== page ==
Our finding of a clear positive association for perceived neighbourhood walkability and a less clear association for more objective measures of neighbourhood walkability (i.e., GIS-derived, audit-based, and the Walk Score®) is in line with the pervious work. It has been estimated that there is a 30% mismatch between perceived and objectively assessed walkability [47, 48] and that the correlation between these measures is low [22, 47]. This suggests that these measures are capturing different aspects of walkability and thus, it is not unexpected that they would have different relationships with the same outcome of interest. Indeed, there is evidence of this elsewhere in the literature. For example, in a recent study of 5124 adults who were free of type 2 diabetes at baseline and who participated in the Multi-Ethnic Study of Atherosclerosis, participant-reported neighbourhood walkability (based on resources that support physical activity) was more strongly associated with lower risk of incident type 2 diabetes over 8.9 years of follow-up than GIS-derived neighbourhood walkability (i.e., HR = 0.79, 95% CI 0.71, 0.88 versus HR = 0.96, 95% CI 0.92, 0.99) [49].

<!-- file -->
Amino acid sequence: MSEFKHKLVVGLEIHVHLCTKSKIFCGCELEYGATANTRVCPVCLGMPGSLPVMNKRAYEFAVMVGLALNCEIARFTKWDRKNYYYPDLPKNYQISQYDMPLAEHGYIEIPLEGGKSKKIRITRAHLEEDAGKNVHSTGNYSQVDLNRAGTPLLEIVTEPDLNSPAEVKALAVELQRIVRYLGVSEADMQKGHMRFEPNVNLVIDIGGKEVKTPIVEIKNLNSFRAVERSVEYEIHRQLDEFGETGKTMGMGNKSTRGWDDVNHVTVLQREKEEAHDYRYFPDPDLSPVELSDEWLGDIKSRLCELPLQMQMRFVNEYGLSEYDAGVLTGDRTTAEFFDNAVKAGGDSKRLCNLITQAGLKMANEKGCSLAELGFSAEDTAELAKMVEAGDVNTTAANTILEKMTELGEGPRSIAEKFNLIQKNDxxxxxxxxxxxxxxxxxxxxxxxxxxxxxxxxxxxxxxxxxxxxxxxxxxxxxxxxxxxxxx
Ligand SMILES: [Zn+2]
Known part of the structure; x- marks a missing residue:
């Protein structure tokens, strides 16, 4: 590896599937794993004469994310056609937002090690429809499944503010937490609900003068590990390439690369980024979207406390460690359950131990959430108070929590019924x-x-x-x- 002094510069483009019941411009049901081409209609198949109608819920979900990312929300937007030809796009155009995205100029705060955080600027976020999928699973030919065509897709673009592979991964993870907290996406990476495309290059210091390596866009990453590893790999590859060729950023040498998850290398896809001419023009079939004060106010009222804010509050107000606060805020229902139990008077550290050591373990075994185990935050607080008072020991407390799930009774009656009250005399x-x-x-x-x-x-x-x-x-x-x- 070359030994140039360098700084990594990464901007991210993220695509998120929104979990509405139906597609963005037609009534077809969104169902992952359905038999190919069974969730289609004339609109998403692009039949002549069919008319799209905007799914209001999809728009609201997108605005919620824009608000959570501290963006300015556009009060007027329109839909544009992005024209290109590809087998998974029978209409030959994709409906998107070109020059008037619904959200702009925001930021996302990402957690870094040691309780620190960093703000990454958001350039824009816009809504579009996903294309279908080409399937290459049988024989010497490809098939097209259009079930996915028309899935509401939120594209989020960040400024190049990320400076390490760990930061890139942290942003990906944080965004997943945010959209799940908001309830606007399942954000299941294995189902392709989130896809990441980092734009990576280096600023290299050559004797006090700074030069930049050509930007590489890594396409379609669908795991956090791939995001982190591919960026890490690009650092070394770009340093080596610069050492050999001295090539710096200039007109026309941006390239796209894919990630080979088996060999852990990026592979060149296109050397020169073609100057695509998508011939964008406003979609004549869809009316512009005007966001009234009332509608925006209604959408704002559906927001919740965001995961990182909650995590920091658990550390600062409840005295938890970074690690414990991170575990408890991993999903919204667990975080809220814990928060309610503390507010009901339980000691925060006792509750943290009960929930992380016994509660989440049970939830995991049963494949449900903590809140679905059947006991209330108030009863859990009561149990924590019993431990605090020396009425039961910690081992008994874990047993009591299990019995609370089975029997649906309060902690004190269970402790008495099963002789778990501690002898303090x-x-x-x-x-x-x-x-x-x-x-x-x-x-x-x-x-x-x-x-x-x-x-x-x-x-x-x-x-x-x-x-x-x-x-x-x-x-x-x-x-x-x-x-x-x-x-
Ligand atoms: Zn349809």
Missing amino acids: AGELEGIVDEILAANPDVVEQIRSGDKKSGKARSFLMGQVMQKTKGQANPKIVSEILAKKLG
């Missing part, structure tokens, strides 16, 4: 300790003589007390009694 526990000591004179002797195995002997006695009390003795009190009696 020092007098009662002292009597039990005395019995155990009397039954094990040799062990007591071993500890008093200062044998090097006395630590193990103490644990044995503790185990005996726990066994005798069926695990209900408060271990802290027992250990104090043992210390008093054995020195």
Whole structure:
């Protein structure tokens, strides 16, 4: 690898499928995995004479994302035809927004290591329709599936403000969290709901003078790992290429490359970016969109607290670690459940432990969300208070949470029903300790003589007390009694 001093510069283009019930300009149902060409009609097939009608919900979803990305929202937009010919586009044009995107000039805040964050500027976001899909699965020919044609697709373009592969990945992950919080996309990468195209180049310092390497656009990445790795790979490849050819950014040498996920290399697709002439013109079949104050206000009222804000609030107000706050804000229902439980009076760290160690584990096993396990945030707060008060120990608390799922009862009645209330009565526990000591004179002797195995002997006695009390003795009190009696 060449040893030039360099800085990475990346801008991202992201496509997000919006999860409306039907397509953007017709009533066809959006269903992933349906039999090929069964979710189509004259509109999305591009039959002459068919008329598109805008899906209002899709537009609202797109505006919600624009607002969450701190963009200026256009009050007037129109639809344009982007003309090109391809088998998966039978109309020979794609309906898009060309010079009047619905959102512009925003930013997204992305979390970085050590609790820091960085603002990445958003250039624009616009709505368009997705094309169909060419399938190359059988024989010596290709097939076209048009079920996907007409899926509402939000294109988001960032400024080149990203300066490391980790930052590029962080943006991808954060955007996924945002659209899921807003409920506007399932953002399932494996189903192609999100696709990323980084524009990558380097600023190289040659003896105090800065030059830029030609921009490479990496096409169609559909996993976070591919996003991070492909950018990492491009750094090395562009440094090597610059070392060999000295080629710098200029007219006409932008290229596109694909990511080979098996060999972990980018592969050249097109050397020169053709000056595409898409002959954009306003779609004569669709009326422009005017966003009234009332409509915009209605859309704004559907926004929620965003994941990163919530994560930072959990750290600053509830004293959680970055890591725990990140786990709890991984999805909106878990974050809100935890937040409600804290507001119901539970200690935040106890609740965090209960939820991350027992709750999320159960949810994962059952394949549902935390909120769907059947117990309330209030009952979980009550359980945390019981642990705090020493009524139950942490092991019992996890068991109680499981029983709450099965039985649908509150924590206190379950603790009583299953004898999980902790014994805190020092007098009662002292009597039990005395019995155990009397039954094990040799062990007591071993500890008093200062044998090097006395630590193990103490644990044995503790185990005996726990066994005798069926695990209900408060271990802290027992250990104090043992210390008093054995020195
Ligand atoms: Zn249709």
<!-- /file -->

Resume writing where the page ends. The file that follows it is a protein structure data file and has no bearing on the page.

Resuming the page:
In addition to better perceived (i.e., participant-reported) neighbourhood walkability, absence of depressed mood, dog ownership, and spring/summer (versus fall/winter) season were identified as important predictors of higher daily steps in adults with type 2 diabetes. Approximately one fourth of women and one sixth of men with diabetes have depressive symptoms [50, 51]. In a study of 2,646 primary care patients with type 2 diabetes, depressed patients were nearly two times more likely to be inactive than non-depressed patients (Odds Ratio (OR) = 1.74, 95% CI: 1.32, 2.31) [52]. There is also evidence that higher levels of physical activity may lead to lower risk of incident depression. In a study of 1,947 older community-dwelling adults, higher physical activity was associated with a 17% decreased likelihood of developing depression over five years (OR = 0.83, 95% CI: 0.73, 0.96) [53]. Our study is the first to quantify the association between depressed mood and biosensor-assessed daily steps in patients type 2 diabetes. We found that absence of depressed mood was associated with taking 553 more steps/day (95% CrI 90, 1023). Although we cannot draw conclusions regarding causality or directionality of the relationship, treating depressive symptoms might lead to increases in walking and/or facilitating increases in walking (e.g., by prescribing daily steps [54]) might alleviate symptoms of depression in adults with type 2 diabetes. In line with previous findings [55], we also determined that dog owners achieved 646 steps/day (95% CrI: 28, 1250) more than non-dog owners. Based on this, and evidence that encouraging dog walking among dog owners may increase their daily steps [56, 57], promoting dog walking may be an important point to leverage especially in populations where dog ownership may be high. The seasonal differences in daily steps that we identified were similar to those described in other studies [5860]. In a previous analysis of this cohort, we demonstrated a -758 mean fall/winter to spring/summer difference in daily steps (95% CI -1037, -479) [32]. In this study, we confirmed that the association held independently of several covariates, including walkability. Given fall/winter declines in walking, public health and clinical strategies need to encourage and support maintenance of physical activity levels in fall and winter months.